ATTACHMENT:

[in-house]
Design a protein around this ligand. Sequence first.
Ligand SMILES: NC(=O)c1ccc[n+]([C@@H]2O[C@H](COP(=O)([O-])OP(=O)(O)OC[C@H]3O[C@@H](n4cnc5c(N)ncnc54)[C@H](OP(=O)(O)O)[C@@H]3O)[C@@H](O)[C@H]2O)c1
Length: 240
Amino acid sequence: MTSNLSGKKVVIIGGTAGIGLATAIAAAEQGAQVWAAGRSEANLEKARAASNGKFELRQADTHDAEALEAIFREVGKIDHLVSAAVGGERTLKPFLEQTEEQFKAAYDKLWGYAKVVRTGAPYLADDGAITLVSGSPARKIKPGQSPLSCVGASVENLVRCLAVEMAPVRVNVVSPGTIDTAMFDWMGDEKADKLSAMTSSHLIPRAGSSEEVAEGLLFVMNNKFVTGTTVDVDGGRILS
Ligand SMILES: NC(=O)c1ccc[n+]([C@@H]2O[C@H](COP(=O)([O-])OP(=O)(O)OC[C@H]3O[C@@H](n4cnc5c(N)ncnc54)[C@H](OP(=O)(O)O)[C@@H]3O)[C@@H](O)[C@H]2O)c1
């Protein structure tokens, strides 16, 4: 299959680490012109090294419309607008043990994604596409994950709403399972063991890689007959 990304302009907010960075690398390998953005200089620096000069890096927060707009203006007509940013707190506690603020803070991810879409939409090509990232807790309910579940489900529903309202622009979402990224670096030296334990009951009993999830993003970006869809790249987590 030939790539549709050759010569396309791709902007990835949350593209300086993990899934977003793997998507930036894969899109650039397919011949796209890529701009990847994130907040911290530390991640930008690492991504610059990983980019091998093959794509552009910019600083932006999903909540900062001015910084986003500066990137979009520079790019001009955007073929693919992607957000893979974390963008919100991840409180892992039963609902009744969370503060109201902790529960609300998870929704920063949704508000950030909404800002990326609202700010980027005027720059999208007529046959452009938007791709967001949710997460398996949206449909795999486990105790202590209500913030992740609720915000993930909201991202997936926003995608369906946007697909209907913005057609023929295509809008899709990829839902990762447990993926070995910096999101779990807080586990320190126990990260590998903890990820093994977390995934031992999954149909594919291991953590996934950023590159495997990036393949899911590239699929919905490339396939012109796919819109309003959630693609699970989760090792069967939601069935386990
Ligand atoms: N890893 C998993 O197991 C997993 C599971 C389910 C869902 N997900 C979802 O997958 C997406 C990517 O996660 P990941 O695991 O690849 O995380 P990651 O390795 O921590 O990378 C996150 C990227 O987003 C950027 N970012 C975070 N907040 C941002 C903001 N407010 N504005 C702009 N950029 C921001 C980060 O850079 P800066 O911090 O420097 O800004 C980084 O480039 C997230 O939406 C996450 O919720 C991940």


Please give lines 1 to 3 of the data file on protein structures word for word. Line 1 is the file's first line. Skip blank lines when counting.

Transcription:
[in-house]
Design a protein around this ligand. Sequence first.
Ligand SMILES: NC(=O)c1ccc[n+]([C@@H]2O[C@H](COP(=O)([O-])OP(=O)(O)OC[C@H]3O[C@@H](n4cnc5c(N)ncnc54)[C@H](OP(=O)(O)O)[C@@H]3O)[C@@H](O)[C@H]2O)c1